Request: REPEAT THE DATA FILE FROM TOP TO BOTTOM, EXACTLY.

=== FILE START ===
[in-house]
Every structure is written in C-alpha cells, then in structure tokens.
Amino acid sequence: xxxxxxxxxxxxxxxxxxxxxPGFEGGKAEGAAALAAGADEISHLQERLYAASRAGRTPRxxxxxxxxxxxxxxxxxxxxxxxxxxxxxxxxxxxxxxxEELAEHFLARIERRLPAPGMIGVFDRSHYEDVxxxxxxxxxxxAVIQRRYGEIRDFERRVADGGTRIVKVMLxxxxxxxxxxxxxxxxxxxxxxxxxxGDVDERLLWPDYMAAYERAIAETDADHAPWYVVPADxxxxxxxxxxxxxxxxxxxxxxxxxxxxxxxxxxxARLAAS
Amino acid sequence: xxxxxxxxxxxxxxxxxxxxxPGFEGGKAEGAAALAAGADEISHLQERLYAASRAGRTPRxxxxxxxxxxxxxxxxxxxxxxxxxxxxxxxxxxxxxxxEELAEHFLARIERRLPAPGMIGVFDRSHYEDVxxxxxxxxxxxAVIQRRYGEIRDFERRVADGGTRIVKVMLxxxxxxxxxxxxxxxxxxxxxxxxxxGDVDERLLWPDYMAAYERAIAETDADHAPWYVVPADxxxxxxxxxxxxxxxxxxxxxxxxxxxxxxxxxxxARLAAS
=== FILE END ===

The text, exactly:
[in-house]
Every structure is written in C-alpha cells, then in structure tokens.
Amino acid sequence: xxxxxxxxxxxxxxxxxxxxxPGFEGGKAEGAAALAAGADEISHLQERLYAASRAGRTPRxxxxxxxxxxxxxxxxxxxxxxxxxxxxxxxxxxxxxxxEELAEHFLARIERRLPAPGMIGVFDRSHYEDVxxxxxxxxxxxAVIQRRYGEIRDFERRVADGGTRIVKVMLxxxxxxxxxxxxxxxxxxxxxxxxxxGDVDERLLWPDYMAAYERAIAETDADHAPWYVVPADxxxxxxxxxxxxxxxxxxxxxxxxxxxxxxxxxxxARLAAS
Amino acid sequence: xxxxxxxxxxxxxxxxxxxxxPGFEGGKAEGAAALAAGADEISHLQERLYAASRAGRTPRxxxxxxxxxxxxxxxxxxxxxxxxxxxxxxxxxxxxxxxEELAEHFLARIERRLPAPGMIGVFDRSHYEDVxxxxxxxxxxxAVIQRRYGEIRDFERRVADGGTRIVKVMLxxxxxxxxxxxxxxxxxxxxxxxxxxGDVDERLLWPDYMAAYERAIAETDADHAPWYVVPADxxxxxxxxxxxxxxxxxxxxxxxxxxxxxxxxxxxARLAAS